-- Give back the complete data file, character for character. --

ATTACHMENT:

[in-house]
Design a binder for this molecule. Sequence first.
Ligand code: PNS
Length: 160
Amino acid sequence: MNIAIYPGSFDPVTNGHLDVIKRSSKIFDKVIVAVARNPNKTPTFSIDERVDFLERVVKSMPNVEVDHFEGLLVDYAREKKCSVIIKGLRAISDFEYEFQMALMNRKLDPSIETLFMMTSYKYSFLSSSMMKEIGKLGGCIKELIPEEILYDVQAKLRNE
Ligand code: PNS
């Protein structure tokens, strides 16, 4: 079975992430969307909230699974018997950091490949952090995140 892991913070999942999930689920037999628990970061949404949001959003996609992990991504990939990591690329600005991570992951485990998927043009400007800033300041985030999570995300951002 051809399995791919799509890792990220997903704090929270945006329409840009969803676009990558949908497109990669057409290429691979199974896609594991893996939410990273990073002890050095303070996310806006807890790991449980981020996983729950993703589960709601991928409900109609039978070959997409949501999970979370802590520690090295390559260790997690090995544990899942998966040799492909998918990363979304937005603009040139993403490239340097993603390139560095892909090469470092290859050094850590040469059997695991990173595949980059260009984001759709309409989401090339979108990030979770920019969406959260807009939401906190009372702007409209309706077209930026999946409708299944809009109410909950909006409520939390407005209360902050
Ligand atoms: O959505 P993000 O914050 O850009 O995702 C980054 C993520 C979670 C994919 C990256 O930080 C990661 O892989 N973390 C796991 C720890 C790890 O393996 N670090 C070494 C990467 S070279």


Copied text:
[in-house]
Design a binder for this molecule. Sequence first.
Ligand code: PNS
Length: 160
Amino acid sequence: MNIAIYPGSFDPVTNGHLDVIKRSSKIFDKVIVAVARNPNKTPTFSIDERVDFLERVVKSMPNVEVDHFEGLLVDYAREKKCSVIIKGLRAISDFEYEFQMALMNRKLDPSIETLFMMTSYKYSFLSSSMMKEIGKLGGCIKELIPEEILYDVQAKLRNE
Ligand code: PNS
């Protein structure tokens, strides 16, 4: 079975992430969307909230699974018997950091490949952090995140 892991913070999942999930689920037999628990970061949404949001959003996609992990991504990939990591690329600005991570992951485990998927043009400007800033300041985030999570995300951002 051809399995791919799509890792990220997903704090929270945006329409840009969803676009990558949908497109990669057409290429691979199974896609594991893996939410990273990073002890050095303070996310806006807890790991449980981020996983729950993703589960709601991928409900109609039978070959997409949501999970979370802590520690090295390559260790997690090995544990899942998966040799492909998918990363979304937005603009040139993403490239340097993603390139560095892909090469470092290859050094850590040469059997695991990173595949980059260009984001759709309409989401090339979108990030979770920019969406959260807009939401906190009372702007409209309706077209930026999946409708299944809009109410909950909006409520939390407005209360902050
Ligand atoms: O959505 P993000 O914050 O850009 O995702 C980054 C993520 C979670 C994919 C990256 O930080 C990661 O892989 N973390 C796991 C720890 C790890 O393996 N670090 C070494 C990467 S070279």